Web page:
[Because I love them all so much, I will be compiling all the photos that people have sent to us or tagged us in and sharing it in a collage here. Stay tuned! ]
The outpour of support and participation on Joen’s Walk of Remembrance today reminds James and I that we are not alone in grieving and missing him. So many others were anticipating his arrival to one day meet him. He is loved by so many. On a day that could have easily been full of depression, sadness and isolation, I had a beautiful day full of beautiful memories that I am now writing about for me to read in the future and hopefully smile about. That is more than enough for me, especially on a day like today.
Today on Joen’s due date, I am feeling many different and perhaps even inconsistent emotions. Yes, I am sad and the sense of sadness will always remain, but at the same time, I am holding onto hope even tighter than before because May 18 isn’t the end of Joen’s story, which is my story too. In fact, I believe it’s the start of something beautiful. Joen’s legacy will move us in stronger and more profound ways as we go forward in life. And as it does, I will write about it, expressing my appreciation for the beauty in life, even a life after loss. James and I have already grown in over the past few months, and I know we still have a lot of growing and learning to do, which will be guided by the ultimate gift Joen has blessed us with: being his parents. It’s hard to describe what I feel or put it into words but all I can say about today is that I feel at peace – not necessarily in losing Joen, but in realizing his place was not meant to be here on Earth, but above the clouds in Heaven. Yes, today was supposed to look a lot different. But though the outcome is far from what we had ever thought it would be, the day is still a special one and May 18 will forever have meaning in our lives. Today was the first of many annual walks to remember Joen. Until the end of our days, we will continue to walk during this long weekend every year for him and to honour the day he should have been born.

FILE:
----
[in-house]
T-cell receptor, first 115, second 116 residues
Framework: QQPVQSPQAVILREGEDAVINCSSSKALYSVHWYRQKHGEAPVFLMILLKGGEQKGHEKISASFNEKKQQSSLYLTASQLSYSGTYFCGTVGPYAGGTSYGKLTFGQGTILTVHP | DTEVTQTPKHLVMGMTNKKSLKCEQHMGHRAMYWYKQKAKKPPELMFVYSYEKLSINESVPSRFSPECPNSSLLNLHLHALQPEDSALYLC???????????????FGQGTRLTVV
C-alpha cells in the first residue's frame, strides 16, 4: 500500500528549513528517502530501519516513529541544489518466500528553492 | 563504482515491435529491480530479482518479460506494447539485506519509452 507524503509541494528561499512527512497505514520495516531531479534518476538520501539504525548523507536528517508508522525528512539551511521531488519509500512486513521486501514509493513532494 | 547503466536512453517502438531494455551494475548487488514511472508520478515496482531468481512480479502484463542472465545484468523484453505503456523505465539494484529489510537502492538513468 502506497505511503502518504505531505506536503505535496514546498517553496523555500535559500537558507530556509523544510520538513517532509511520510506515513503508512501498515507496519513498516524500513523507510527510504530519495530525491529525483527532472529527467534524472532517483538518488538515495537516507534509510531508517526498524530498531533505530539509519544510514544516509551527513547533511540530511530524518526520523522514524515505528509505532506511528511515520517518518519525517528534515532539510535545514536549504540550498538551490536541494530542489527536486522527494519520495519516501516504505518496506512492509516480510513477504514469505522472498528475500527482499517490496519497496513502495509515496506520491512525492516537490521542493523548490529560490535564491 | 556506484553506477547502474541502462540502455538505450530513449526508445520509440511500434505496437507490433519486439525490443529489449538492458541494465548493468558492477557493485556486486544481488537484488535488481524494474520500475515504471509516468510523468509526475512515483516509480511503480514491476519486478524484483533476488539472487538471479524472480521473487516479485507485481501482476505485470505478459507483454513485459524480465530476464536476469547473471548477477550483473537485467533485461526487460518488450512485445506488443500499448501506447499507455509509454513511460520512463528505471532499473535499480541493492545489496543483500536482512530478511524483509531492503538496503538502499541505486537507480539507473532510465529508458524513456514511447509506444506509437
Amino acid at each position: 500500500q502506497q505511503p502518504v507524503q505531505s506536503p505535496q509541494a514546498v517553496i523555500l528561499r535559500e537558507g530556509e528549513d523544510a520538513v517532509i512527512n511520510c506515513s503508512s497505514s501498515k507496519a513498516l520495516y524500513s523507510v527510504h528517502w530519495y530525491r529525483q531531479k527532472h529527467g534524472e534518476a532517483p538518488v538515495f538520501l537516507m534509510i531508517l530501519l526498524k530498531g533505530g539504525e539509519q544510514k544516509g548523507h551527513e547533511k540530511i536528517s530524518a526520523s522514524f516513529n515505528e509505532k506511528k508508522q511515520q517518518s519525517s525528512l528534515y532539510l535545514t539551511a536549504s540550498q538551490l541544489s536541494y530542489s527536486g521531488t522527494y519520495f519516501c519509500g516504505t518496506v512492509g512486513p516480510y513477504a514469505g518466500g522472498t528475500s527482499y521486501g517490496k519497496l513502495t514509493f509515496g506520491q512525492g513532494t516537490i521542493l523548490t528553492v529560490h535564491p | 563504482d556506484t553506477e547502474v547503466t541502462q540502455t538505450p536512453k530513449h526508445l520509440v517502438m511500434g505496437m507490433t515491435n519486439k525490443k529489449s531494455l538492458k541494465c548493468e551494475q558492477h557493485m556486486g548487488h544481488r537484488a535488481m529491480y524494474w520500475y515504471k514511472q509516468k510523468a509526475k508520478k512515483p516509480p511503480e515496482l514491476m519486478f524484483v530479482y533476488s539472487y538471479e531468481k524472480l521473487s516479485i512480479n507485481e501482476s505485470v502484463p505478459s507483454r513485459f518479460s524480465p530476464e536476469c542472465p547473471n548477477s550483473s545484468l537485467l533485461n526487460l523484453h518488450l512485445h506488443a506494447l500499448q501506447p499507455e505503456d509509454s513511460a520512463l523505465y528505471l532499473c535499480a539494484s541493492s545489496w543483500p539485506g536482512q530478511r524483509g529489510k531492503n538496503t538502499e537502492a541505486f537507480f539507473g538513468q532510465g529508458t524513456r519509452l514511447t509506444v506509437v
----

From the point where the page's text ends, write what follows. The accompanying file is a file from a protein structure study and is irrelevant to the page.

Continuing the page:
These days, I live life full of purpose, focus and clarity – all things Joen has bestowed upon me when he left us. I also live knowing that each day brings us one day closer to reuniting with Joen in Heaven, a reality that brings me some sort of peace and calm. Those of us who worship know that “Earth has no sorrow that Heaven can’t heal.”
Joen, you’ve made our lives better simply by coming into existence and blessing us with the gift of being your parents. We think of you every day, but especially today and we continue to feel your love shining down on us in all of your magnificent and mysterious ways. You are and will continue to be the reason for everything, and you will always be remembered. Love, Mom and Dad.